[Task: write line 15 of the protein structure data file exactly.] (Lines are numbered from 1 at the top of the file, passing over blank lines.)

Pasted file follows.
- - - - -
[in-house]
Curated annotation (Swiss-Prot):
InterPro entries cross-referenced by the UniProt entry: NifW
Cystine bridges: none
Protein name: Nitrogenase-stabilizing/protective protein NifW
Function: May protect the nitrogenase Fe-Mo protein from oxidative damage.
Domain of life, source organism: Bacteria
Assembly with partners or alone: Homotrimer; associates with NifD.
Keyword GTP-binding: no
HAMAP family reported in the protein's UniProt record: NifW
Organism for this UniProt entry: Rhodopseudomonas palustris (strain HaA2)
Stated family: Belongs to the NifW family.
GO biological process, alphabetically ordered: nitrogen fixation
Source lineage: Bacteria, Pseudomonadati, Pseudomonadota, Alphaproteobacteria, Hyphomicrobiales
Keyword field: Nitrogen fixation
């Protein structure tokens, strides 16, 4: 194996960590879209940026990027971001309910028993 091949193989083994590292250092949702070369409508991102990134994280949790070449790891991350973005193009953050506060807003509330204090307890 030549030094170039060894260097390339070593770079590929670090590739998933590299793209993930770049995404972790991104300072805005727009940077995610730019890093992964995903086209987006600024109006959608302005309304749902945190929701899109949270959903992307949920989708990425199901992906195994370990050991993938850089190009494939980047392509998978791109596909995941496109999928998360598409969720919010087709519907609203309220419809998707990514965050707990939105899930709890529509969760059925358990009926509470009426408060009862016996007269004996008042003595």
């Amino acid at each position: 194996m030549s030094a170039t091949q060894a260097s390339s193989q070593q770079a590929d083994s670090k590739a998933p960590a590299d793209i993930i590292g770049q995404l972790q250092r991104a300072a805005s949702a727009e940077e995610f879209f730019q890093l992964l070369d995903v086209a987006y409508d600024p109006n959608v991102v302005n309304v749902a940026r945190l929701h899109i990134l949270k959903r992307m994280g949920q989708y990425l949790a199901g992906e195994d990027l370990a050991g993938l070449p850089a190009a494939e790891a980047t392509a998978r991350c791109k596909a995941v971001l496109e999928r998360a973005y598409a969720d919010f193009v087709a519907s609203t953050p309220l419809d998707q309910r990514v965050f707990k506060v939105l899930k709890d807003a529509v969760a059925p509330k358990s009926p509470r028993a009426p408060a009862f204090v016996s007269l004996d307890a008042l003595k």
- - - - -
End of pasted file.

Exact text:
Keyword field: Nitrogen fixation